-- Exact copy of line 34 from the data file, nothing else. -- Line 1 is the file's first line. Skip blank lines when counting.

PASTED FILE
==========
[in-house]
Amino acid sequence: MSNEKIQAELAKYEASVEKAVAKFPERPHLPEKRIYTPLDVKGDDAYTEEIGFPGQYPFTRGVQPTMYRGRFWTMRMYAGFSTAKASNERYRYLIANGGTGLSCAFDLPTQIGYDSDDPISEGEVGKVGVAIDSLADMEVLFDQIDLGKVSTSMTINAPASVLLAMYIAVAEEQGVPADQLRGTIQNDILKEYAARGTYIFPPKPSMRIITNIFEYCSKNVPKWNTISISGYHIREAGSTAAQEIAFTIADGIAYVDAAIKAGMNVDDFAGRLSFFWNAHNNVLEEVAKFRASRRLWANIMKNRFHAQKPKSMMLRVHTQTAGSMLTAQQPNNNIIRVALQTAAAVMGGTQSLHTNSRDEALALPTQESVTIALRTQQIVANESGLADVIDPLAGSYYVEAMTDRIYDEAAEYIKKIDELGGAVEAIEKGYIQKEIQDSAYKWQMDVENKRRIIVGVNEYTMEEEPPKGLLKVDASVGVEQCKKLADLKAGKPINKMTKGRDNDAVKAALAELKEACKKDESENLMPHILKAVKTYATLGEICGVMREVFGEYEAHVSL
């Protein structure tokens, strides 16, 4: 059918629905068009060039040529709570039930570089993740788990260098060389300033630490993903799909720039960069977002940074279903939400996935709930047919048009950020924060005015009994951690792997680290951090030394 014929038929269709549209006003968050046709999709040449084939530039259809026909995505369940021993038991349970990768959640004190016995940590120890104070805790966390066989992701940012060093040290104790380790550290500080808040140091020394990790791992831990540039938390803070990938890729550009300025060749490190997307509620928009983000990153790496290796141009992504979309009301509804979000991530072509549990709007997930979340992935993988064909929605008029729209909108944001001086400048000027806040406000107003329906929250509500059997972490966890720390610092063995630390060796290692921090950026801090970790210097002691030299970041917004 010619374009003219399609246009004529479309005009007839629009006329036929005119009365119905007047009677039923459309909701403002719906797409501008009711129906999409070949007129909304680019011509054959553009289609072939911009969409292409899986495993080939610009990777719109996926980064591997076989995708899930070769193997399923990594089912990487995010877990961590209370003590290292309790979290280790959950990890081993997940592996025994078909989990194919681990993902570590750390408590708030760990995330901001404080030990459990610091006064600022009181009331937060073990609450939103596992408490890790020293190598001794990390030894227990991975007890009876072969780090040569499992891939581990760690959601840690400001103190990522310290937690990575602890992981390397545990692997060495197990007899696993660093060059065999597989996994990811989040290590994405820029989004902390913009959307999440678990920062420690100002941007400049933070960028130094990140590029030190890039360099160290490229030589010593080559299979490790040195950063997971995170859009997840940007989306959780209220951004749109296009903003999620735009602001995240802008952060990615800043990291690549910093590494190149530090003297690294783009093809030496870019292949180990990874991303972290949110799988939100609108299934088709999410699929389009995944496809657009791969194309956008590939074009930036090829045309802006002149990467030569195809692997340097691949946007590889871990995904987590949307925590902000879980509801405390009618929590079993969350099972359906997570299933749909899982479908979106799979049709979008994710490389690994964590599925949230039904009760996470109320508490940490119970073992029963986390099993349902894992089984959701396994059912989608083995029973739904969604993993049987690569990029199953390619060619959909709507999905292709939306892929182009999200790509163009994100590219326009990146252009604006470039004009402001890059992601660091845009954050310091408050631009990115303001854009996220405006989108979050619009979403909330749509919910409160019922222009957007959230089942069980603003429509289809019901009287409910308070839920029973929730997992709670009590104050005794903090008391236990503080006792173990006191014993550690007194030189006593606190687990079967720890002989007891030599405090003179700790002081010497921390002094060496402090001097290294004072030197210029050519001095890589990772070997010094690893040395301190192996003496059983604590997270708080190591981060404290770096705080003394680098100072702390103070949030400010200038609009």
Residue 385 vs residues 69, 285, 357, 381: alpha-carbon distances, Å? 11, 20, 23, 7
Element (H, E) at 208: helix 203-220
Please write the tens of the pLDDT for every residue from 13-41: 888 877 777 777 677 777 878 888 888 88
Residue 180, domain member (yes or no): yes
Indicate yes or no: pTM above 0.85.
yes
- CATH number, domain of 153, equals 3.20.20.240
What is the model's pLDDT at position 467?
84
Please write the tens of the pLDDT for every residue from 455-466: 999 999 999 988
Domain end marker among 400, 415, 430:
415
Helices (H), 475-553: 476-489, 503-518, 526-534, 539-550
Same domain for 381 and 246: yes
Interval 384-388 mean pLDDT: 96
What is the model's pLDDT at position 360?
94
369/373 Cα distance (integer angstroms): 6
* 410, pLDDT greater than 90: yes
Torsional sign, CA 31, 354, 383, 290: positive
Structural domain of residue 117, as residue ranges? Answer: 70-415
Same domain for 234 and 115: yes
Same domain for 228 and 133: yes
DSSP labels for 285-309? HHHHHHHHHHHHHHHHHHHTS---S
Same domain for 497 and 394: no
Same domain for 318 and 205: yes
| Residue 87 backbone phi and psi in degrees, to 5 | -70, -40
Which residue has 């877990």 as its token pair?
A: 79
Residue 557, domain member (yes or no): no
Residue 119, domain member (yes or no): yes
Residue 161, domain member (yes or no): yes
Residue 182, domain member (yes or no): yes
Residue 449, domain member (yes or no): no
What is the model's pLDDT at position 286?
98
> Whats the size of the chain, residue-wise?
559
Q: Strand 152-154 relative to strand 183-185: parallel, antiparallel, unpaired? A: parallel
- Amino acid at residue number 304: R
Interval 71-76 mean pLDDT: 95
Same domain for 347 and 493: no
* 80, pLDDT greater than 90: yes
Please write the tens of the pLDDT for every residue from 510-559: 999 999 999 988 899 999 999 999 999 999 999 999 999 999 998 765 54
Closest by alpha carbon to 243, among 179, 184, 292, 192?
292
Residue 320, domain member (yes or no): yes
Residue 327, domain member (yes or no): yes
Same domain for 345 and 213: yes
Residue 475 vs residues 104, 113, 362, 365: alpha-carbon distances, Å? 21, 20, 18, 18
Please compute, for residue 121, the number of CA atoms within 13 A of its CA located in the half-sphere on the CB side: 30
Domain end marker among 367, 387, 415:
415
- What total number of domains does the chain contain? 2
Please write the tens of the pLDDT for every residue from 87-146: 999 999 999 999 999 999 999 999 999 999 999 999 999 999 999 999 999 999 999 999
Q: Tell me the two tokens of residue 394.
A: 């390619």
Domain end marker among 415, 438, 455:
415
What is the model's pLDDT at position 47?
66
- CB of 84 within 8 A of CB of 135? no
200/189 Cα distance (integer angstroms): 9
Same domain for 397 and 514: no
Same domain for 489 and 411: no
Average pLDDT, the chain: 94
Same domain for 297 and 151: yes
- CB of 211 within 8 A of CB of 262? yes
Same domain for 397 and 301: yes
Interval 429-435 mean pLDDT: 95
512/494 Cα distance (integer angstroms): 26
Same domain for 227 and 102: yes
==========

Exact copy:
Residue 119, domain member (yes or no): yes